By asking yourself these questions, you’ll start to better understand how each marketing tool will need to connect to the other in order to create a seamless experience from lead to customer and beyond.
It may also help you to visualize the marketing funnel. The image below is a “new and improved” funnel, which historically would have cut off at the conversion stage. We know now that we can continue marketing to customers, whether by selling them additional products and services or by helping them get the most from your offerings so that they can continue buying from you and refer you to their friends and colleagues:
2. Make a list of all your marketing-related tasks
Everything you’re already doing with respect to marketing can probably be automated with the right combination of tools, so make a complete list of tasks you’re already doing, like:
- “Build out a monthly newsletter calendar to send regular emails to subscribers.”
- “Add leads to master spreadsheet.”
- “Reply to prospect emails.”
Then, make a list of other marketing tasks you might anticipate doing as you become bigger and have more resources, like:
- “Post to Instagram daily.”
- “Create email sequence to convert leads to customers.”
Think of this list as your wish list, which will come in handy when you’re comparing marketing tech tools later. Ideally, you want to choose tools that’ll make these tasks easier to do on a recurring basis, or even eliminate the need to do them altogether after the initial setup.
3. Don’t forget about analysis
One of the greatest benefits of building an interconnected marketing technology stack is that you have access to so much data.
This data can provide you with valuable insights, like which types of leads are most likely to turn into customers or how many people in your email list are actually reading your emails.
Think about all the marketing actions you do, and then consider how you can best track and analyze the effectiveness of these actions. Many tools will have analysis tools built in, but if you really want to dig deep, you may need to invest in additional tools specifically for tracking and analysis, like Google Analytics.
4. Allocate your budget
Now that you’ve visualized your customer journey and developed a thorough wish list, it’s time to nail down your budget.
As we mentioned earlier, there are a ton of free tools out there, with plenty of opportunity to upgrade as you scale, but a budget of zero is—realistically—not going to cut the mustard.
Identify the must-have tools (which we’ll get into below) for your business and consider spending the bulk of your budget there. As your business grows, you can continue adding to your stack when the budget allows. But don’t underestimate the power of (and the results you see from) a few intelligent marketing tools.
5. Narrow down your list of tools
Remember, you’re not looking for the best marketing tool, you’re looking for the best marketing tool for you. Make sure you look beyond just price, features, and benefits and ask yourself the following questions:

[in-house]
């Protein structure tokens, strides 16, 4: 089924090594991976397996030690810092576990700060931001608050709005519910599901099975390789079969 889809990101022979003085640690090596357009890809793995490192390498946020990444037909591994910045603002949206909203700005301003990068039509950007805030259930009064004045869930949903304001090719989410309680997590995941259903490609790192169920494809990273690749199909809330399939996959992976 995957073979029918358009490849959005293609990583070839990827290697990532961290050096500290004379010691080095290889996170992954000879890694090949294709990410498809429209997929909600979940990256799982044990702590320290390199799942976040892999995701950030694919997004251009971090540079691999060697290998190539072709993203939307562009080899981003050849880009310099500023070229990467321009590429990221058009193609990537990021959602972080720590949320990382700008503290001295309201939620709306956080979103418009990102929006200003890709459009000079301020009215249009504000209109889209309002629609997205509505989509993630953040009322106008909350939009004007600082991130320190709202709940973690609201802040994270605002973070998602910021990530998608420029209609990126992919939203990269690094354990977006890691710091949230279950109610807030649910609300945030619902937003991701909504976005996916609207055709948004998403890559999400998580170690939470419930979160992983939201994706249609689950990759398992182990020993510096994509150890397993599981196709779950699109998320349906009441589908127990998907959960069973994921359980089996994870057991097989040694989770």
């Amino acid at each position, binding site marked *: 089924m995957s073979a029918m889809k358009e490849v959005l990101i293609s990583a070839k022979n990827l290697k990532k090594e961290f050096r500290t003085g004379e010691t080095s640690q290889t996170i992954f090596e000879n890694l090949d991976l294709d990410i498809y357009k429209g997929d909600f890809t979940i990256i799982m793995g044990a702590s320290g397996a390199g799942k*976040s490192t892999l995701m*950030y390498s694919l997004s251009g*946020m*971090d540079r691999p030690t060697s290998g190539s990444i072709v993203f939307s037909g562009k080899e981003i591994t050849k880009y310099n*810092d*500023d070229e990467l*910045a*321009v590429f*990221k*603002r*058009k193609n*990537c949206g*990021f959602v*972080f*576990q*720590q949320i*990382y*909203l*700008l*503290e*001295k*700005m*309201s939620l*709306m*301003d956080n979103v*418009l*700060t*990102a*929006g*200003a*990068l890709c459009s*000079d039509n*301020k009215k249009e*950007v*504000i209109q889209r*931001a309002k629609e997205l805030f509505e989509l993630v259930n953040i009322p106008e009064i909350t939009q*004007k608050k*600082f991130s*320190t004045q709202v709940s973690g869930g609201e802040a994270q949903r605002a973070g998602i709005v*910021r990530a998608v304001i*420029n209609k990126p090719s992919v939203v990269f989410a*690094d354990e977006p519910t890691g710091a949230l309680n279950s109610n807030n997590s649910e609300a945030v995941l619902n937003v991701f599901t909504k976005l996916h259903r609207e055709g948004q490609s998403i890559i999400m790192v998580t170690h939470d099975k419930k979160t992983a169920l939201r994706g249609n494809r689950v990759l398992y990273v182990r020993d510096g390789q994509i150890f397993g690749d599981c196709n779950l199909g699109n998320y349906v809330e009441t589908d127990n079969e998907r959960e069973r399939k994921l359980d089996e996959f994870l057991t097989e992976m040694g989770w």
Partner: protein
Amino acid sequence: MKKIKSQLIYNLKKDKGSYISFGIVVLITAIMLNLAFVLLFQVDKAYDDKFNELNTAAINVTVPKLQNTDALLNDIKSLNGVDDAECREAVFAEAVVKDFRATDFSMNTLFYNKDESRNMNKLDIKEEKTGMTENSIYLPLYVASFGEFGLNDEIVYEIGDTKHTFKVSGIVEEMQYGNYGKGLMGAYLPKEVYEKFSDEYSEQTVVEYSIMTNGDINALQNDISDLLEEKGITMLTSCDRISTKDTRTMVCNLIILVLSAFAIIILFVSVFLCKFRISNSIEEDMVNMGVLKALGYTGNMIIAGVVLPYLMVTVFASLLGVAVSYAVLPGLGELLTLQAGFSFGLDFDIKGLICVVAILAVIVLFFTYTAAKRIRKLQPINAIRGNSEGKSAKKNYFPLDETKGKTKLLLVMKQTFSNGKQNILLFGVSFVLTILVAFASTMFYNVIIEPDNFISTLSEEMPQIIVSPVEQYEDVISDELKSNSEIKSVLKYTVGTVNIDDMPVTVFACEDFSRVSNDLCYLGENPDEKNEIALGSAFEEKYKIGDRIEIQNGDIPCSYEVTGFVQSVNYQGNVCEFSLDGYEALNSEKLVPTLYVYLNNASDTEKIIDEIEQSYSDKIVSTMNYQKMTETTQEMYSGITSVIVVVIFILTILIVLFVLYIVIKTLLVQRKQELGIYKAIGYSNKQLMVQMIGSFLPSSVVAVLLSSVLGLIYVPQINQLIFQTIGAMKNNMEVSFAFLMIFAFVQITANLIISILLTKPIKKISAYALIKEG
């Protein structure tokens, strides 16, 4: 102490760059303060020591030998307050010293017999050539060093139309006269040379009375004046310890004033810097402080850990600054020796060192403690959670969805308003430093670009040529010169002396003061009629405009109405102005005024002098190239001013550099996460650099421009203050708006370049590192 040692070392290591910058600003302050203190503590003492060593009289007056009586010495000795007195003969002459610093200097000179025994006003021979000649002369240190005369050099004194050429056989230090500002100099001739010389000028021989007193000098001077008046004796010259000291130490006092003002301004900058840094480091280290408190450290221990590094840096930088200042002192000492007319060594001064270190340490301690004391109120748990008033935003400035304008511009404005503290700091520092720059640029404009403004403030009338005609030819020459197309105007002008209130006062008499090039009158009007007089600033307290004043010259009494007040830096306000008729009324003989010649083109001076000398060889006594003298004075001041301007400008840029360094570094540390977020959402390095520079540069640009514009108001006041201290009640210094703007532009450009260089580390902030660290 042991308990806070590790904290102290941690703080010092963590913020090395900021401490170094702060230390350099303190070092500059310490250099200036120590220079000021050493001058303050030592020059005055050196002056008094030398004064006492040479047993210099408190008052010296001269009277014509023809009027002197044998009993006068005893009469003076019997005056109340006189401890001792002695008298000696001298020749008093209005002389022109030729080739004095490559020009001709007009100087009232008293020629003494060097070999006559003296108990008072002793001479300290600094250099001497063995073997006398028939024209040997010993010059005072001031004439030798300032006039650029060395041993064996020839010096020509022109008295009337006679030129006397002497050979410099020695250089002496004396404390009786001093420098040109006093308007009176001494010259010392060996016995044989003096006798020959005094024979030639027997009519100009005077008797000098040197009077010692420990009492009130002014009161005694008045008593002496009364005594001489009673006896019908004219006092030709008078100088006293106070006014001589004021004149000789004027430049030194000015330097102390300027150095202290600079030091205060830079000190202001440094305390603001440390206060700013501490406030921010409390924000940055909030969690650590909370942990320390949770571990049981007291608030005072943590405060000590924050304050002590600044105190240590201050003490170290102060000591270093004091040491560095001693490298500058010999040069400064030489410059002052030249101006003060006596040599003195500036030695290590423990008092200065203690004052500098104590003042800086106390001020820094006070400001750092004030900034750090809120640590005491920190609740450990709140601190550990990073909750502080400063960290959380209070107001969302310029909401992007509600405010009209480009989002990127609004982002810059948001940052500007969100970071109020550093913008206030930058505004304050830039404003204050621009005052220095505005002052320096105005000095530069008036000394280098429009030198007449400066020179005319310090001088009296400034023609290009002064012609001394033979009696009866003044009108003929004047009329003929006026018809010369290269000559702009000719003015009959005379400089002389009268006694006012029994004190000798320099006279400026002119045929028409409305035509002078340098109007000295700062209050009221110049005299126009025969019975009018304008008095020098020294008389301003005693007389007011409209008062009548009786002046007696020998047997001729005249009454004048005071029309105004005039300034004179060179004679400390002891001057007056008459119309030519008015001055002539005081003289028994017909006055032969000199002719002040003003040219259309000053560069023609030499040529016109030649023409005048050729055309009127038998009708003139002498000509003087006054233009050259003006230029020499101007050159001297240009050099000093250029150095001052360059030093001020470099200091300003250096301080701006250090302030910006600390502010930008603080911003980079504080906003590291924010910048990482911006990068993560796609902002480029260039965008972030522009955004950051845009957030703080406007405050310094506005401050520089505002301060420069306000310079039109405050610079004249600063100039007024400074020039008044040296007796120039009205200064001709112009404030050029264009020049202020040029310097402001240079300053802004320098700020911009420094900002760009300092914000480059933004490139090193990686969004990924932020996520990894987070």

- Do the tools I’m looking at “speak” to each other? Check out the integrations pages, and if you don’t find an integration between two tools you want to use—like a landing page building tool and a marketing data analytics tool—Zapier has over 2,000 integrations just waiting to be connected (more on Zapier later).
- Are we likely to outgrow the tool? Tempting as it may be to default to the free tool, if it won’t scale as your business grows, it’s the wrong tool for you.
- Is it plug-and-play, drag-and-drop, easy-peasy setup? In other words, does it seem like something you can implement, or will you need to hire a developer? Either is fine, just as long as you’re prepared for the time or monetary investment involved.
- What’s the support like? This is key if you’re implementing and operating your marketing stack yourself. Some tools offer round the clock phone, email, and chat support, while others only offer support to their highest-paying customers.
10 essential elements of a low-budget marketing stack (plus recommended tools)
In 2019, there were a reported 7,040 marketing technology tools on the market, which is enough to overwhelm even the most composed business owner:
We’ve narrowed it down to an even 10 to get you started. Notice we’ve separated them into “Need to have,” “Nice to have,” and “Niche-specific,” so wherever you are on your small business journey, you can build the MarTech stack that’s best for you.
Need-to-have marketing tech tools
1. Content management system (CMS): WordPress
Your CMS is where your website, blog, and occasionally other web properties (like landing pages) live.
There are a few notable CMS options on the market, but an estimated 455 million websites are using WordPress right now, so you’d be in good company adopting it as your CMS.
On top of being the tried-and-true option, WordPress has the benefit of being an open-source marketing tool—meaning anyone can contribute to its impressive library of plugins that allow you to do everything from adding contact forms to supporting e-commerce.